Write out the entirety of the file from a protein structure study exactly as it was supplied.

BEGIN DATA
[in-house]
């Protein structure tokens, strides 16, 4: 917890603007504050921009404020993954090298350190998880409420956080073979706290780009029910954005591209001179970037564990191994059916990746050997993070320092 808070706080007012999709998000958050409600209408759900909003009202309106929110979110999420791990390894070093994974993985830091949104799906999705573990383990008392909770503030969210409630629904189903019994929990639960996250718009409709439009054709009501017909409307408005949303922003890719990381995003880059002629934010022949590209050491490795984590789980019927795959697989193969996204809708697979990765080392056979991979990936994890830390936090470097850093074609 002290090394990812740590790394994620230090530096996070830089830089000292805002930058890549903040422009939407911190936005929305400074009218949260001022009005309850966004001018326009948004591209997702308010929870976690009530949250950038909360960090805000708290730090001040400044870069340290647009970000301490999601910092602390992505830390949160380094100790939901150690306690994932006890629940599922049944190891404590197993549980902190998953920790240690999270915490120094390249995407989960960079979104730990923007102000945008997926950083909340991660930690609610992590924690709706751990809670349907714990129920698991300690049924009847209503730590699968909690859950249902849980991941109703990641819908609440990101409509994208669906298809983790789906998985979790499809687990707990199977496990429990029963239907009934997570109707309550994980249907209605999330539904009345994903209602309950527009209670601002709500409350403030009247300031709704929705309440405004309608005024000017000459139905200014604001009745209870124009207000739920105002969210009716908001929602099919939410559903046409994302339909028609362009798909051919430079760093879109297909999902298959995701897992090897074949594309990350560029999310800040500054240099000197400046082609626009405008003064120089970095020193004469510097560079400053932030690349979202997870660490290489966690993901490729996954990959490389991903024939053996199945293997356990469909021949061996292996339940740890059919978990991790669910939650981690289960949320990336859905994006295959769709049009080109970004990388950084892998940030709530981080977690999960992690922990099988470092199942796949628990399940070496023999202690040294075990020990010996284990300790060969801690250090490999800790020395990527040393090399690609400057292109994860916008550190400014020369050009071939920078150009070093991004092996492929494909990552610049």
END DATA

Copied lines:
[in-house]
């Protein structure tokens, strides 16, 4: 917890603007504050921009404020993954090298350190998880409420956080073979706290780009029910954005591209001179970037564990191994059916990746050997993070320092 808070706080007012999709998000958050409600209408759900909003009202309106929110979110999420791990390894070093994974993985830091949104799906999705573990383990008392909770503030969210409630629904189903019994929990639960996250718009409709439009054709009501017909409307408005949303922003890719990381995003880059002629934010022949590209050491490795984590789980019927795959697989193969996204809708697979990765080392056979991979990936994890830390936090470097850093074609 002290090394990812740590790394994620230090530096996070830089830089000292805002930058890549903040422009939407911190936005929305400074009218949260001022009005309850966004001018326009948004591209997702308010929870976690009530949250950038909360960090805000708290730090001040400044870069340290647009970000301490999601910092602390992505830390949160380094100790939901150690306690994932006890629940599922049944190891404590197993549980902190998953920790240690999270915490120094390249995407989960960079979104730990923007102000945008997926950083909340991660930690609610992590924690709706751990809670349907714990129920698991300690049924009847209503730590699968909690859950249902849980991941109703990641819908609440990101409509994208669906298809983790789906998985979790499809687990707990199977496990429990029963239907009934997570109707309550994980249907209605999330539904009345994903209602309950527009209670601002709500409350403030009247300031709704929705309440405004309608005024000017000459139905200014604001009745209870124009207000739920105002969210009716908001929602099919939410559903046409994302339909028609362009798909051919430079760093879109297909999902298959995701897992090897074949594309990350560029999310800040500054240099000197400046082609626009405008003064120089970095020193004469510097560079400053932030690349979202997870660490290489966690993901490729996954990959490389991903024939053996199945293997356990469909021949061996292996339940740890059919978990991790669910939650981690289960949320990336859905994006295959769709049009080109970004990388950084892998940030709530981080977690999960992690922990099988470092199942796949628990399940070496023999202690040294075990020990010996284990300790060969801690250090490999800790020395990527040393090399690609400057292109994860916008550190400014020369050009071939920078150009070093991004092996492929494909990552610049």